|Rev. Alban Butler (171173). Volume III: March.|
The Lives of the Saints. 1866.
|St. Mackessoge, or Kessoge, Confessor|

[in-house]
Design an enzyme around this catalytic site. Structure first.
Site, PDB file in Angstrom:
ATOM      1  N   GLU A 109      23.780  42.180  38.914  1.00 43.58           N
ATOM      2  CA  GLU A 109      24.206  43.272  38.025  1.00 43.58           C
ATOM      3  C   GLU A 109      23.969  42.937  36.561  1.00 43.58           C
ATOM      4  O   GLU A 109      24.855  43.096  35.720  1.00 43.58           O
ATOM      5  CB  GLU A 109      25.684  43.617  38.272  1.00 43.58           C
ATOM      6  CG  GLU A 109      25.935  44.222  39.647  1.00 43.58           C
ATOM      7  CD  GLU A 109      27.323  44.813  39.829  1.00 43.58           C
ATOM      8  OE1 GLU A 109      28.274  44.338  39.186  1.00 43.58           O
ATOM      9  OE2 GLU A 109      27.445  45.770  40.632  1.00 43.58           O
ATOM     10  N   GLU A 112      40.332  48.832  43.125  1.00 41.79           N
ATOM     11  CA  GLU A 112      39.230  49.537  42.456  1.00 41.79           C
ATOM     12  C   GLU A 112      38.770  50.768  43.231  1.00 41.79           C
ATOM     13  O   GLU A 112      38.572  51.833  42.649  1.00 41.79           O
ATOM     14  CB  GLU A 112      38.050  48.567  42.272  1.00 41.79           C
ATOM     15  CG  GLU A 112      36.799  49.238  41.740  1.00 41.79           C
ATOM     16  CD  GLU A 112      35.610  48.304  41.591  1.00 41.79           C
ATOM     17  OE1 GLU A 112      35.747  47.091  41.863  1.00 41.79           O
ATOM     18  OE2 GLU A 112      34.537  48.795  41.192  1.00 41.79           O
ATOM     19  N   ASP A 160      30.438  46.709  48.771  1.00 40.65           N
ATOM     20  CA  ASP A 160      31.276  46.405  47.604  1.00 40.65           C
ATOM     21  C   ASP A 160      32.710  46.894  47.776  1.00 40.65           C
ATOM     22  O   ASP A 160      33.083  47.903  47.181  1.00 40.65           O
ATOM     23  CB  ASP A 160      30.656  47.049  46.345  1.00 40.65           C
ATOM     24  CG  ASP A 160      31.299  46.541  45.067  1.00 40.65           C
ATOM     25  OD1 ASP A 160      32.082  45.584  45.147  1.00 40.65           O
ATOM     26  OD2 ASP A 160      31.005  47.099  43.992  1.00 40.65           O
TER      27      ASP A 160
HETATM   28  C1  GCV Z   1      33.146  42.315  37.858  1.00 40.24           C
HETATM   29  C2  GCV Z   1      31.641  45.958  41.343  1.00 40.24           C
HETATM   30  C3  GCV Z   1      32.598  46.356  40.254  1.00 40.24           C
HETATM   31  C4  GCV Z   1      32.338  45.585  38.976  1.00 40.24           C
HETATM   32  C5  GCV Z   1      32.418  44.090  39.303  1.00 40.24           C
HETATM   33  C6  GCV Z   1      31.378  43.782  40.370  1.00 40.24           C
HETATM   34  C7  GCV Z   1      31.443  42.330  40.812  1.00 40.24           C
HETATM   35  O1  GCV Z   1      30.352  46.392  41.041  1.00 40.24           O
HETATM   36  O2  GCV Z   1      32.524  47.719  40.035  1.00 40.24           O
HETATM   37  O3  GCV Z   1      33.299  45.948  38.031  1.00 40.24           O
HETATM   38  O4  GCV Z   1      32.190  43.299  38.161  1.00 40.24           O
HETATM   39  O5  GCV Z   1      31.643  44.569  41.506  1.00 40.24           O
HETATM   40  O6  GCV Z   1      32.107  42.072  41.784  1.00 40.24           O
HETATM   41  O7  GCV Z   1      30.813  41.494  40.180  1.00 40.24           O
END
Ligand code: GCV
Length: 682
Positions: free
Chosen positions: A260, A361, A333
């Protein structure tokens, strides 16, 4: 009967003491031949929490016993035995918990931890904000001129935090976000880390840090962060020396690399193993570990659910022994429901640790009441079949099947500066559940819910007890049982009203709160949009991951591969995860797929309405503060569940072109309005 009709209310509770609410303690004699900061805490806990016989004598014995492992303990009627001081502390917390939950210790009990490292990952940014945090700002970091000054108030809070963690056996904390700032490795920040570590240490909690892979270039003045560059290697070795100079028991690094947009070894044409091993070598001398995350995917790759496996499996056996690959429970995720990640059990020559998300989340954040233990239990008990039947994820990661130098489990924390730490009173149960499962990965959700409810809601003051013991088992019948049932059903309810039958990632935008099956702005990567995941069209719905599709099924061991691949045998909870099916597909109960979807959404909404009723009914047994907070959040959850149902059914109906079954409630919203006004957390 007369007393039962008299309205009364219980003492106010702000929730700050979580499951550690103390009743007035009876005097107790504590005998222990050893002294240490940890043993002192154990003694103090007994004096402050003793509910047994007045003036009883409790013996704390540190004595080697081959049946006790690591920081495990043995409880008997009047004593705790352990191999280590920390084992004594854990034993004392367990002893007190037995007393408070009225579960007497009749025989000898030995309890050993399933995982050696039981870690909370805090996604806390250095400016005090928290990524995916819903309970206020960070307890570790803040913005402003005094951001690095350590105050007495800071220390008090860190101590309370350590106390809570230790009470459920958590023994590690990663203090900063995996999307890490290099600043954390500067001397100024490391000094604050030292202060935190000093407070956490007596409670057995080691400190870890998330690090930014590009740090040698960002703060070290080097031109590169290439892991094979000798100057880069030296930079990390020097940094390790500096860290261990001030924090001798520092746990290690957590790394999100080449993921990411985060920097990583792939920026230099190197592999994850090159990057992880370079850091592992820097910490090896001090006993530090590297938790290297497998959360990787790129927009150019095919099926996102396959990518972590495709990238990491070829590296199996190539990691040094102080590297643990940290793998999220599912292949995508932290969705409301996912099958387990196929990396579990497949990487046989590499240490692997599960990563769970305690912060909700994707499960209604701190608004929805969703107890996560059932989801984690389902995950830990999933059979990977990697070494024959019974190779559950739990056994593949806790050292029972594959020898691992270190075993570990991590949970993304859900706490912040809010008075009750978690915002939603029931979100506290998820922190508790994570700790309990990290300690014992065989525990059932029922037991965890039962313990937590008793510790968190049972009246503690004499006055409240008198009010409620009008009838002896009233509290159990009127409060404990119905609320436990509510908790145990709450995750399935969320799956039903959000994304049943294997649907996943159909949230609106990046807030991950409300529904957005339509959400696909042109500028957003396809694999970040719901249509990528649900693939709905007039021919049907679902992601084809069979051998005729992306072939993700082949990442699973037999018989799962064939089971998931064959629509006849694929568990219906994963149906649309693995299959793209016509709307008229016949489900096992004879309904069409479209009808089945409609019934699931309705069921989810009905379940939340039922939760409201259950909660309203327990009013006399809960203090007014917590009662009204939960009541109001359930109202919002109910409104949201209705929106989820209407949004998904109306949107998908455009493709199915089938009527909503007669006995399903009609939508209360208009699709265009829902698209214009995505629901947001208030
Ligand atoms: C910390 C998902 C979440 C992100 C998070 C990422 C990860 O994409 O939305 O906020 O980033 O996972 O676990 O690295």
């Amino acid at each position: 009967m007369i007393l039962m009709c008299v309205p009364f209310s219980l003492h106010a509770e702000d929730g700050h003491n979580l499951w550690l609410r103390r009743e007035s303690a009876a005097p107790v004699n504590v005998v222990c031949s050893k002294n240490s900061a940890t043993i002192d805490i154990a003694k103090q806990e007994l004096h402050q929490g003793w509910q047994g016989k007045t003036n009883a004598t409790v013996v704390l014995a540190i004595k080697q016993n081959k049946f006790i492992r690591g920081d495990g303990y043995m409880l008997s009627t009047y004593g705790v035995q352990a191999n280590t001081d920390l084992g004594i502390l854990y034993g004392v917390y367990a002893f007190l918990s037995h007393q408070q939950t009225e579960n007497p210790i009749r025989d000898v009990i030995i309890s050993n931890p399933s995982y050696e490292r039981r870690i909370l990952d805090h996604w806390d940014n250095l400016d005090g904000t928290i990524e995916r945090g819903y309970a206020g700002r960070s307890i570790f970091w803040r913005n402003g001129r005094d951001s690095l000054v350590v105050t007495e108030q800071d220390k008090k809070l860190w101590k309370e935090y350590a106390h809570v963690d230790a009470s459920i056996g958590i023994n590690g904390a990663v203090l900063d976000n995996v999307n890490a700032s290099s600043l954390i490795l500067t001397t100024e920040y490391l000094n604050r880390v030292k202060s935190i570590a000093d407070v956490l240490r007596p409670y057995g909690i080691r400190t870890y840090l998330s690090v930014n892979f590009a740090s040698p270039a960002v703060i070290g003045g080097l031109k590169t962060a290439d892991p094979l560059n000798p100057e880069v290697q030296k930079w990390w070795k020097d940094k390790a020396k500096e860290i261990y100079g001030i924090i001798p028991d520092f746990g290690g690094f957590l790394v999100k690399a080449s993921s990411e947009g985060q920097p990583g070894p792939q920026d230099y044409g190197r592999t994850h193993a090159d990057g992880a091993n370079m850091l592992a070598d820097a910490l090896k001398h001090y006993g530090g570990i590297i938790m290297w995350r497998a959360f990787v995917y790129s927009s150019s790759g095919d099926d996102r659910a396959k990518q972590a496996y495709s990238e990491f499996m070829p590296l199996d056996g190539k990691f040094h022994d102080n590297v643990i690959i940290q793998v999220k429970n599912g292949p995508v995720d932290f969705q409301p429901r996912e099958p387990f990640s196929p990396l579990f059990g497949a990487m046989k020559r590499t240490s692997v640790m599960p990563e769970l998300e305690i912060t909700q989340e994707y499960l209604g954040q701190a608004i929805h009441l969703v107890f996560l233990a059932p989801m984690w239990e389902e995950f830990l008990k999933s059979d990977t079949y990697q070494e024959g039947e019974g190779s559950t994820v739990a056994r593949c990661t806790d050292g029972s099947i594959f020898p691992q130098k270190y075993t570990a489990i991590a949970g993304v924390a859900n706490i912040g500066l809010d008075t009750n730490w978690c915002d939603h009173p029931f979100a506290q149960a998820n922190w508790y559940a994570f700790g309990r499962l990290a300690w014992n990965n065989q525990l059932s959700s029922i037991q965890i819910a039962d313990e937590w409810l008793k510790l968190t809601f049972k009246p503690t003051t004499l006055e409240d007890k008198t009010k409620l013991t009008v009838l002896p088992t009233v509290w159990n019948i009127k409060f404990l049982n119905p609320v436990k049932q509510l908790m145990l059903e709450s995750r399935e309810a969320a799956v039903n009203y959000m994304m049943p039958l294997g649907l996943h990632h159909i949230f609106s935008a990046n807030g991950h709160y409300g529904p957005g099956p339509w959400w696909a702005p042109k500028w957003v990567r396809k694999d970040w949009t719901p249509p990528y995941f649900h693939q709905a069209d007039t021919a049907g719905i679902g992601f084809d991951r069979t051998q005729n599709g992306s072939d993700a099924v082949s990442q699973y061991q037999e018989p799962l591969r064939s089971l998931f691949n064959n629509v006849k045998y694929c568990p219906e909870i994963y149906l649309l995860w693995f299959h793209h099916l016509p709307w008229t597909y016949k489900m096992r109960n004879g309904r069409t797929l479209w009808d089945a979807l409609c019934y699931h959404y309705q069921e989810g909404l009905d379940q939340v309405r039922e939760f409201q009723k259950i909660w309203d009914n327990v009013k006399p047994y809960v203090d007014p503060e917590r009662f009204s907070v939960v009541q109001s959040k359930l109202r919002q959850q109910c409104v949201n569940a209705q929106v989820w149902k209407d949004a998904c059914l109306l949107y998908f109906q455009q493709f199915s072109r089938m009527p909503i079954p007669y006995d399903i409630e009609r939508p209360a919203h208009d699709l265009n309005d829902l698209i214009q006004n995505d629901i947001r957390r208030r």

|[Bishop in the provinces of Levin and Boin in Scotland.] BY his instructions and counsels the pious King Congal II. governed with extraordinary prudence, zeal, and sanctity. This saint was illustrious for miracles, and died in 560. A celebrated church in that country still bears the title of Saint Kessoge-Kirk. The Scots for their cry in battle for some time used his name, but afterwards changed it for that of St. Andrew. They sometimes painted St. Kessoge in a soldiers habit, holding a bow bent with an arrow in it. See the Aberdeen Breviary, the chronicle of Pasley, (a great monastery of regular canons in the shire of Renfrew,) Florarium, and Buchanan, l. 5.|| 1|